The next part was probably the hardest for me, because unbeknownst to Catherine I had by this time acquired a pounding headache from all of the excitement, plus probably from walking and sitting in the equatorial sun for so long. So, knowing how excited the kids were about the white meri, when she was done teaching she suggested that they ask me to “story” them. Whoosh– all of a sudden there was a wall of 40 kids pressing around me where I was sitting off to the side! So I thought of all the stories I could– which wasn’t many– and we sang all the songs again and as many more as I could find in the little song sheet that I knew! I talked to them a lot too and was really thrilled at the opportunity to explain all of the songs really well, work on the memory verse some more and really talk about what it meant, and generally just share the gospel in detail. I really hate that the kids were probably there more because of my white skin than any desire to hear God’s Word, but I kept thinking about Paul’s comments in Philippians 1 and doing my best to use the opportunity to proclaim Christ. After all, how many of us who are believers actually had a burning desire to hear God’s Word before we were saved? So many of us went to church for other reasons… maybe to see friends or because it was just what our family did… but God used His Word in our hearts anyway. I hope this will be the case for the children of Yowai.

Well, this is getting long so I’ll try to tell the rest quick. πŸ™‚ We had another service in the evening, and it was really neat how the sermon covered everything I had told the kids earlier and filled in lots that I hadn’t told them. Pol also picked two of the same songs I had taught them. I’m really praying that they will remember and think about the things they heard so clearly.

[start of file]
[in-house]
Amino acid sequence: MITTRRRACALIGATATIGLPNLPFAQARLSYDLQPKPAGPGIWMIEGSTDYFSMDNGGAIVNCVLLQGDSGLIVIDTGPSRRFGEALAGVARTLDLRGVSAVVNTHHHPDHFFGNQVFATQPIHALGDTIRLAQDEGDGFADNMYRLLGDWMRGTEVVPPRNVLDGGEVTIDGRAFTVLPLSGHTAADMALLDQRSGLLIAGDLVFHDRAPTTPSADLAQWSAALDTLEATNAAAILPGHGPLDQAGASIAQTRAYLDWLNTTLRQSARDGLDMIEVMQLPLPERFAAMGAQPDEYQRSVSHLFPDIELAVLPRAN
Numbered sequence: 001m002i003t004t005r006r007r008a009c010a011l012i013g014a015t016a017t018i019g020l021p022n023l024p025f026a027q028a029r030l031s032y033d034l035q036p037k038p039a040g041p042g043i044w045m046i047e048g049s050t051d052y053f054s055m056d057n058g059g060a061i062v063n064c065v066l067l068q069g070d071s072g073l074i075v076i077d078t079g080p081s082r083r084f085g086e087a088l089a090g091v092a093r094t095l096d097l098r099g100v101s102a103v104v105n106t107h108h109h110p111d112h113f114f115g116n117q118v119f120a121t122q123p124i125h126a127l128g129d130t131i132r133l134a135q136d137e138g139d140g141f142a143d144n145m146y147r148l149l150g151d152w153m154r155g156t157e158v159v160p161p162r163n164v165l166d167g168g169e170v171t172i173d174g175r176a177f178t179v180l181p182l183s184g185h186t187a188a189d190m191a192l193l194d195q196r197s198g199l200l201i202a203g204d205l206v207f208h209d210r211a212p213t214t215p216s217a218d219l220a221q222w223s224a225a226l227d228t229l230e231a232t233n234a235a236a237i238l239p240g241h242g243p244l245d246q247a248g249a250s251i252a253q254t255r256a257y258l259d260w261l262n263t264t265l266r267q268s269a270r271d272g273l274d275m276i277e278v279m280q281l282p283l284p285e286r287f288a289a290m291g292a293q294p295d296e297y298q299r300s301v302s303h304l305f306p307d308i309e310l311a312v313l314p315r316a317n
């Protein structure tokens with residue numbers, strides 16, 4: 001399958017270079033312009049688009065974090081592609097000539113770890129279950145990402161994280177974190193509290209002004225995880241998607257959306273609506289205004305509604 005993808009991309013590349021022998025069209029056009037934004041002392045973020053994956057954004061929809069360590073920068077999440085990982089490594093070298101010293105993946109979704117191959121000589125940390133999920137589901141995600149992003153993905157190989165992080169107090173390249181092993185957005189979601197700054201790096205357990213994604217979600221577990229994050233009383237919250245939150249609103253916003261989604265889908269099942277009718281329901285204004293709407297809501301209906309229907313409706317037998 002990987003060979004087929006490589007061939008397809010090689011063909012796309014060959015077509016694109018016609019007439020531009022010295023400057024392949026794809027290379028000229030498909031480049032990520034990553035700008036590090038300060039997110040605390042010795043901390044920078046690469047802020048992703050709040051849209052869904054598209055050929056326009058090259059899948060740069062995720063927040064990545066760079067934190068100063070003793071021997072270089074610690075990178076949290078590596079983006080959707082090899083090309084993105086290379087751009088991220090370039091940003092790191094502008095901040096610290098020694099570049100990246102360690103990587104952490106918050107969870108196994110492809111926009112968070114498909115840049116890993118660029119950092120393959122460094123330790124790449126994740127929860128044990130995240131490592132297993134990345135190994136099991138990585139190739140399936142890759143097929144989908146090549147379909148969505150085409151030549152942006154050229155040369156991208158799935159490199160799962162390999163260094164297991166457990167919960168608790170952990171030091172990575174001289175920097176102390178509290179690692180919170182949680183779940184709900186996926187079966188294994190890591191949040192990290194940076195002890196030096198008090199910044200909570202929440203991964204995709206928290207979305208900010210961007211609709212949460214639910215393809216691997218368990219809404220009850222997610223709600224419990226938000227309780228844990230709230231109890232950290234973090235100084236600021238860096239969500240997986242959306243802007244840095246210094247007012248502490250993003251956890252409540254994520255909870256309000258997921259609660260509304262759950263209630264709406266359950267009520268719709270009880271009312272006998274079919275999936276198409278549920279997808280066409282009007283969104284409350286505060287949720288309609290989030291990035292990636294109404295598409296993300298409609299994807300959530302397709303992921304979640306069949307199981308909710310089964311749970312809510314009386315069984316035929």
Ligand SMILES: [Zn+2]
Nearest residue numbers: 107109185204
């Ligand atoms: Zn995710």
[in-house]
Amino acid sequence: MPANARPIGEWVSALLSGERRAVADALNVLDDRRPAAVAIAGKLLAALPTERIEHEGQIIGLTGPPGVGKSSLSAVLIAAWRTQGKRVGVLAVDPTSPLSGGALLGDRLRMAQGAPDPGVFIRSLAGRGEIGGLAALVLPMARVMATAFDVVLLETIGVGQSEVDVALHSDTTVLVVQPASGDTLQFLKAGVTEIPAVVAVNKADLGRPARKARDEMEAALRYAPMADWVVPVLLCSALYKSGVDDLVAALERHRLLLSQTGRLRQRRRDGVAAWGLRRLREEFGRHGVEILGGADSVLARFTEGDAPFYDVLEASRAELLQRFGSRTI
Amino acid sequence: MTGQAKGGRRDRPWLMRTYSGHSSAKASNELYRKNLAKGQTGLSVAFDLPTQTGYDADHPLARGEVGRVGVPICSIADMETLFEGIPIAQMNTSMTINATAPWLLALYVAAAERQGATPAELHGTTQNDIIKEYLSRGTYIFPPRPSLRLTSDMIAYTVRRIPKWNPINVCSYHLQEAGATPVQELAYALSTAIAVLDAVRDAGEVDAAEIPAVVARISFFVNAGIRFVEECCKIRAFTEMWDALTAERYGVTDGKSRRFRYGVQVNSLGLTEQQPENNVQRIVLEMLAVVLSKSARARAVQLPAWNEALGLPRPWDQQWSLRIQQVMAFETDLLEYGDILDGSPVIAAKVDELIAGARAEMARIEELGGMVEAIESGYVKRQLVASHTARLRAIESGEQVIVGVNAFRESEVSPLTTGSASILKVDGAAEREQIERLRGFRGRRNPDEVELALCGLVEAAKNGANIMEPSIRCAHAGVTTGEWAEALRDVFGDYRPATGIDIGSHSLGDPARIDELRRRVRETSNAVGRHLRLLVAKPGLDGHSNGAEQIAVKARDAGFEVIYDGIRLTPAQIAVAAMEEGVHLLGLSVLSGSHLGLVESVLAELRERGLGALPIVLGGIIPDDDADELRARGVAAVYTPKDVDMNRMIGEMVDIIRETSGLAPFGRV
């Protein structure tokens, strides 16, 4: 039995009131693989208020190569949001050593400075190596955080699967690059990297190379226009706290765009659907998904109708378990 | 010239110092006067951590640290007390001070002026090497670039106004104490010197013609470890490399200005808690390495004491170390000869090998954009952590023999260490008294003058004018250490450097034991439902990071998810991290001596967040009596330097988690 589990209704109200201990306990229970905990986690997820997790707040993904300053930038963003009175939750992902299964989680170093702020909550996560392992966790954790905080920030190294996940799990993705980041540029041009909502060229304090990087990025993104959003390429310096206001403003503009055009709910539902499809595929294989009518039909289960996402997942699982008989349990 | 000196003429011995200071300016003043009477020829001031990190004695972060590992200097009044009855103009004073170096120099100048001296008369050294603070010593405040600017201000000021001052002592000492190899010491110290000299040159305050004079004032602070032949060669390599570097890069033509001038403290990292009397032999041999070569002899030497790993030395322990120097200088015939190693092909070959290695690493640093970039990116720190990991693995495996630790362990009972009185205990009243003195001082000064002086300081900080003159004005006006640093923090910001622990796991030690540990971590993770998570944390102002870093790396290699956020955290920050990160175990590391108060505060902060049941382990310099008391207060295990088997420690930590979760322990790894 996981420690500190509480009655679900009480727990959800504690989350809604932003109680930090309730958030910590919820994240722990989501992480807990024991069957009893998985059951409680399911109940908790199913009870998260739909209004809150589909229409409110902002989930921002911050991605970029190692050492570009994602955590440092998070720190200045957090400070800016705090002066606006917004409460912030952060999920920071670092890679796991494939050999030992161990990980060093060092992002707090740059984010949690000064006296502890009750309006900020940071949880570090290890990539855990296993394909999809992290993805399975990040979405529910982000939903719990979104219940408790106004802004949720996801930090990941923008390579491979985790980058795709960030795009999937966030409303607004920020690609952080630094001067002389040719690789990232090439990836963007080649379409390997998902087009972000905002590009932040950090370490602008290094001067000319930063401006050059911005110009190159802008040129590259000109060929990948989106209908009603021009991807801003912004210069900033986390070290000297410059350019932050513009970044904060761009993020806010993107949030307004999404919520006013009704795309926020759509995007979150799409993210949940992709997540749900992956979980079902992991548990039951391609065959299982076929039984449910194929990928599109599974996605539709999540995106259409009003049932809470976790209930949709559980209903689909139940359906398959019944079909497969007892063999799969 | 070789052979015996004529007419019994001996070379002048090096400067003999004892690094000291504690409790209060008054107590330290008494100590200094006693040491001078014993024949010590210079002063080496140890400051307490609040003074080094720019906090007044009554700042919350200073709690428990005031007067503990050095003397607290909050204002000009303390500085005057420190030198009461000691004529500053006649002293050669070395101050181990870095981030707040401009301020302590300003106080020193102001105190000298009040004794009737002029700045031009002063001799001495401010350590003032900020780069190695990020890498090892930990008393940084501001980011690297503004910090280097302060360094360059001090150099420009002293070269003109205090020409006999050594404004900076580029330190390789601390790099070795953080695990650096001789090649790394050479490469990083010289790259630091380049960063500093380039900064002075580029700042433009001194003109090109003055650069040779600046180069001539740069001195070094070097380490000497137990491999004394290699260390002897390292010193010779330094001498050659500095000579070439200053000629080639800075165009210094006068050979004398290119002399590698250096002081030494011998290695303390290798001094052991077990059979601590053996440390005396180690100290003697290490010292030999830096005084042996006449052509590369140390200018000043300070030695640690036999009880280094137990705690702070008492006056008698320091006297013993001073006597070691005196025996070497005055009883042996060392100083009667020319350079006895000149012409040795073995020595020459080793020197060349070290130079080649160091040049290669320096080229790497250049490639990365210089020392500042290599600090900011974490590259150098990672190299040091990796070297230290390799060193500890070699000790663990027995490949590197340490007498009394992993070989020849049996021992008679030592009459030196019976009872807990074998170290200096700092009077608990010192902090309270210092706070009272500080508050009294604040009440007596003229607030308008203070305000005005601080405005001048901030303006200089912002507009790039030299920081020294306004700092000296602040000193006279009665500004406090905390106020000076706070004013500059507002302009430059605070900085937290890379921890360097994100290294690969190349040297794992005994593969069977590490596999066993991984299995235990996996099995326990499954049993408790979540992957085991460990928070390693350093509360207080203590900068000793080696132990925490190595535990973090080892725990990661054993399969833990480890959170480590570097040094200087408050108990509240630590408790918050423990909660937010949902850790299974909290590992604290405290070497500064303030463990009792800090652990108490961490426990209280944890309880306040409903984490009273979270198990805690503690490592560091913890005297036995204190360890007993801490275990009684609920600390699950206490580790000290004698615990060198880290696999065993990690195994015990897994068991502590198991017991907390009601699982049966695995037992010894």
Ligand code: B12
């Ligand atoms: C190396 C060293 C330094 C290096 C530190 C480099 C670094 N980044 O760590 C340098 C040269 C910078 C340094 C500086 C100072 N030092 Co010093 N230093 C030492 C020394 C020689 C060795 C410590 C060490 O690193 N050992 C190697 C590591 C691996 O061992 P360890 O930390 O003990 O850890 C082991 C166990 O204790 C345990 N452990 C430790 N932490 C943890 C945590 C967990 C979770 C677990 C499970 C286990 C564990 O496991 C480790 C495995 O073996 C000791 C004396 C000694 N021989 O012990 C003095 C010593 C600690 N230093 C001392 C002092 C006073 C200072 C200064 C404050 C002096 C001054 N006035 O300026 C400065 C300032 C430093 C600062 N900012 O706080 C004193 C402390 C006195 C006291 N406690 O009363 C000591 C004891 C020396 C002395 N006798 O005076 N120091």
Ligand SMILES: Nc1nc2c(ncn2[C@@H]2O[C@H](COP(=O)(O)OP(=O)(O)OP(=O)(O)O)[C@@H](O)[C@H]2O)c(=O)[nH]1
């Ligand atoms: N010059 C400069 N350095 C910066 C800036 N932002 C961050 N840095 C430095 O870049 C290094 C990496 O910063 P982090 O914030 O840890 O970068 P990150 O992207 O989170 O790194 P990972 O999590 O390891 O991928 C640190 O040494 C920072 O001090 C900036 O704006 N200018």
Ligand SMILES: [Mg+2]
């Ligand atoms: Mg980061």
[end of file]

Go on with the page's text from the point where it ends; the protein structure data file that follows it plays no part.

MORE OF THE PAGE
We were fed really well. πŸ™‚ Before the evening service we went into the building where the service was going to be held and someone brought a put lid with kaukau (kind of like a white sweet potato), kumu (greens), and little chunks of meat for all of us. Then a lady brought a bunch of bananas and Ketrin put them on the fire to fry. This kind of food is really filling, and it was all I could do to finish my portion. Then we went to the house where we were going to sleep to leave our bags, and lo and behold our hostess started passing in plates of rice with Maggi (like ramen noodles) on top. And plates in PNG aren’t like plates in America– they look more like what we would call a pie pan, and they’re always heaped up high. I was really glad to see Ketrin pass what she couldn’t eat to Pol and him pass the extra on around, and since this was a team of mostly men I didn’t have to worry about finishing everything on my plate. But then on the way to the service someone gave Ketrin a package of food for my supper, and when we got back after the service yet another lady (the mother of my language helper Susan, who I told you about last week) had brought us a pot of rice! Needless to say, I was really glad again for all of the “mountain men” (who had been joking earlier that being a mountain man means you can eat a mountain of food!) because I couldn’t eat another bite. Even they could barely finish it all!